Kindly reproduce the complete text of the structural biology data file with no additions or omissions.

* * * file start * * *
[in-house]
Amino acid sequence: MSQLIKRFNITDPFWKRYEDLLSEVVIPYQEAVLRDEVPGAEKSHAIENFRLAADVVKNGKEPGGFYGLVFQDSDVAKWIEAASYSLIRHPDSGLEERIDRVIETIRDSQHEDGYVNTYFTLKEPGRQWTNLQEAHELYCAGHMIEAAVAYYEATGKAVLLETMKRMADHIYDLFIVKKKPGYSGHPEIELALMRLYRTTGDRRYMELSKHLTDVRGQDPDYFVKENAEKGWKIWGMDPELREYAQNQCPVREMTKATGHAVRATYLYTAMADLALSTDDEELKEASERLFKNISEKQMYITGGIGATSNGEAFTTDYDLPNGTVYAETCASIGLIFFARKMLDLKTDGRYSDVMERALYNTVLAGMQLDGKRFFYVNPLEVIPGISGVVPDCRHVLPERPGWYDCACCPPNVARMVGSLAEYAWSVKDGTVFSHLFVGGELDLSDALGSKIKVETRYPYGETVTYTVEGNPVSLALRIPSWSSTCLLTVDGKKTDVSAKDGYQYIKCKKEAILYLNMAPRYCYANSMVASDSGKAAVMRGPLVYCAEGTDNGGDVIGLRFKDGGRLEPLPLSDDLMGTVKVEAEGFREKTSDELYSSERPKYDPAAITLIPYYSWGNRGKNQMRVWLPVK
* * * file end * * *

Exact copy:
[in-house]
Amino acid sequence: MSQLIKRFNITDPFWKRYEDLLSEVVIPYQEAVLRDEVPGAEKSHAIENFRLAADVVKNGKEPGGFYGLVFQDSDVAKWIEAASYSLIRHPDSGLEERIDRVIETIRDSQHEDGYVNTYFTLKEPGRQWTNLQEAHELYCAGHMIEAAVAYYEATGKAVLLETMKRMADHIYDLFIVKKKPGYSGHPEIELALMRLYRTTGDRRYMELSKHLTDVRGQDPDYFVKENAEKGWKIWGMDPELREYAQNQCPVREMTKATGHAVRATYLYTAMADLALSTDDEELKEASERLFKNISEKQMYITGGIGATSNGEAFTTDYDLPNGTVYAETCASIGLIFFARKMLDLKTDGRYSDVMERALYNTVLAGMQLDGKRFFYVNPLEVIPGISGVVPDCRHVLPERPGWYDCACCPPNVARMVGSLAEYAWSVKDGTVFSHLFVGGELDLSDALGSKIKVETRYPYGETVTYTVEGNPVSLALRIPSWSSTCLLTVDGKKTDVSAKDGYQYIKCKKEAILYLNMAPRYCYANSMVASDSGKAAVMRGPLVYCAEGTDNGGDVIGLRFKDGGRLEPLPLSDDLMGTVKVEAEGFREKTSDELYSSERPKYDPAAITLIPYYSWGNRGKNQMRVWLPVK